HONG KONG--Qualcomm said it is the first chipmaker to produce an LTE processor for low-cost smartphones as it revealed the Snapdragon 210 with dual-SIM functionality and multimode 3G/LTE Advanced capabilities.
Qualcomm said it has broadened developer support for a low-power Wi-Fi platform that it introduced one year ago and also agreed to distribution deals aimed at extending the platform to a broader set of customers.
At least 16 operators worldwide have confirmed they are either trialling or deploying LTE Broadcast, although operators in only five European markets have publically revealed trials to date.
Qualcomm faces a fine of up to $2.5 billion (€1.8 billion) if found guilty of monopolistic practices in the European mobile chip market.
Chinese regulators said that Qualcomm is willing to make changes to improve its pricing practices in the country, which could lead to the end of an anti-trust probe against the chipset giant.
Watch maker Timex is getting into the smart watch game, and has partnered with AT&T Mobility and other wireless companies to create a wearable computing device with built-in cellular connectivity. The $400 watch, the IronMan One GPS+, has an HSPA radio and comes with one year of service for free for U.S. or Canadian subscribers, after which they will have to purchase an unknown-as-of-yet data plan, according to The Verge.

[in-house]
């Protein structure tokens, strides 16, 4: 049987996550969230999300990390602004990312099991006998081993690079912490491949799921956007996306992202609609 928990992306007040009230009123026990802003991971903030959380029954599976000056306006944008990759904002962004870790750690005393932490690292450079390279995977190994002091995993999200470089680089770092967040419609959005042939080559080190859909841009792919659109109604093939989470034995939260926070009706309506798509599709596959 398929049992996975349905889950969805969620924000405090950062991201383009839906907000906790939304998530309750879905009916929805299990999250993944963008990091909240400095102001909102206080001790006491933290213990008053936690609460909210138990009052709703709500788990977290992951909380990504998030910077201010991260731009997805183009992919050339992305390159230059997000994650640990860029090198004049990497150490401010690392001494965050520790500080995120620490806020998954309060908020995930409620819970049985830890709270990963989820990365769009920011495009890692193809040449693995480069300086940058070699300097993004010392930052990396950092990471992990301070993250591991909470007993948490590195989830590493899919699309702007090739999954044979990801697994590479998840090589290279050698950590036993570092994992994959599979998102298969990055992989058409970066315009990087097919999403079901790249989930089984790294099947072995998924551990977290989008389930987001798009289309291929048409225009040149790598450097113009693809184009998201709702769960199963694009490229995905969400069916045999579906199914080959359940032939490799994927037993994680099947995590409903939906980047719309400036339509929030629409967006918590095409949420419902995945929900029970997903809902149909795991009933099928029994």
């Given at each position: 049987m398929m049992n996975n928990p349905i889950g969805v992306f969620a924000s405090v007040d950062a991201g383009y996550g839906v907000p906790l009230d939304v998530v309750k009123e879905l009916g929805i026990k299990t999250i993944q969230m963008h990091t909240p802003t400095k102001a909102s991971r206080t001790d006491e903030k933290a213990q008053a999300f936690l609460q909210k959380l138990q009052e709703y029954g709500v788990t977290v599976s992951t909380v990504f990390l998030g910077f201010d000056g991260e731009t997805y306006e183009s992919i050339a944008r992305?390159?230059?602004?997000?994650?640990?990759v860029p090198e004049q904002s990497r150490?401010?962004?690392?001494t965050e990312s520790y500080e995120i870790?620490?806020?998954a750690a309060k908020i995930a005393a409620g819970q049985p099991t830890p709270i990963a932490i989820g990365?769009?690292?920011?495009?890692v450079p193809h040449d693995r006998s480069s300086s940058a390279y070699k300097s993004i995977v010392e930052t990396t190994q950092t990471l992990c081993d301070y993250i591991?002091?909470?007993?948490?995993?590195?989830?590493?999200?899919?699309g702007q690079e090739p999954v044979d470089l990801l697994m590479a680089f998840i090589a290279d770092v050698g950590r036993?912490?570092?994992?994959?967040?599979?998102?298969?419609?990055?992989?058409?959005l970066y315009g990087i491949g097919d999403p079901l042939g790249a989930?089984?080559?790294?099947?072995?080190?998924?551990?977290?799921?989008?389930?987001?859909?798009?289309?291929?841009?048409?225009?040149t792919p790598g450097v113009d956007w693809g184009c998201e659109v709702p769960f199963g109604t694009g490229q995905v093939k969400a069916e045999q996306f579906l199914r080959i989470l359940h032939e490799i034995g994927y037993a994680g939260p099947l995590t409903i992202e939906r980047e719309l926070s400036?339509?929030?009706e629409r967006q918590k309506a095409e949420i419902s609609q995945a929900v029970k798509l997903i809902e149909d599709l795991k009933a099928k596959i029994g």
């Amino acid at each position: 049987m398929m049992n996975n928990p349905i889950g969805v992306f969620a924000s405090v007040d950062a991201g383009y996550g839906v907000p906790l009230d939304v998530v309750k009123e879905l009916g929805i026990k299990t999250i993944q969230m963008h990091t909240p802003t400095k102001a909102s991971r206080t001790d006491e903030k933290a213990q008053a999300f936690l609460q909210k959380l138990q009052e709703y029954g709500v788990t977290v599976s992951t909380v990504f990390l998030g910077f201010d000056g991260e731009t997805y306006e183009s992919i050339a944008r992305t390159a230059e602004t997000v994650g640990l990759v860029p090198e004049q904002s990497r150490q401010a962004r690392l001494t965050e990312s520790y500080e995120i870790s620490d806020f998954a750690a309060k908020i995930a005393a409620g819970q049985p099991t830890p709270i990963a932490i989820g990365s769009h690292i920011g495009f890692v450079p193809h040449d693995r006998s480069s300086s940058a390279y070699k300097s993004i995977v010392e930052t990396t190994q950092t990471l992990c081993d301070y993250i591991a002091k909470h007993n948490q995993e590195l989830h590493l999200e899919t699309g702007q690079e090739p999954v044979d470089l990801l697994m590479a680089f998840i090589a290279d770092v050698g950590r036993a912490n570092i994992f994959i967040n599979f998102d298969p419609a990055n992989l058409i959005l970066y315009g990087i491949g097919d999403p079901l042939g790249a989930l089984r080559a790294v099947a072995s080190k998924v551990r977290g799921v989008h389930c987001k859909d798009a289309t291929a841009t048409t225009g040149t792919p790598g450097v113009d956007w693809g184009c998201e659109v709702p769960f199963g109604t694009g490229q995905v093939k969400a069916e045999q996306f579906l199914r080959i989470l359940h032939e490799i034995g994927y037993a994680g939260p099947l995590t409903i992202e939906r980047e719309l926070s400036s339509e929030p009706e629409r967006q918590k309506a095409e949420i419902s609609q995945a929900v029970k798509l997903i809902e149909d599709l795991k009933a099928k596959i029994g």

Microsoft confirmed that it hired longtime Qualcomm executive Peggy Johnson as its new executive vice president of business development. The hiring, which was first rumored last week, is the first major executive appointment for Microsoft CEO Satya Nadella since he took over the software giant in February.
> Samsung and Apple dropped smartphone patent lawsuits and countersuits in six European countries as well as Australia, Japan and South Korea, but will fight on in the U.S. Report > Swisscom...
Over the past month or so Microsoft, Qualcomm, Apple and others have had to deal with pushback from Chinese regulators or Chinese state-run media. To me, it's clear that the cost of doing business in China is going up--but the cost of missing out on a growing smartphone market as large as China is even higher.
According to a new report, Qualcomm's Peggy Johnson is leaving the company for a new post at Microsoft. Both Qualcomm and Microsoft declined to comment on the report in Re/code.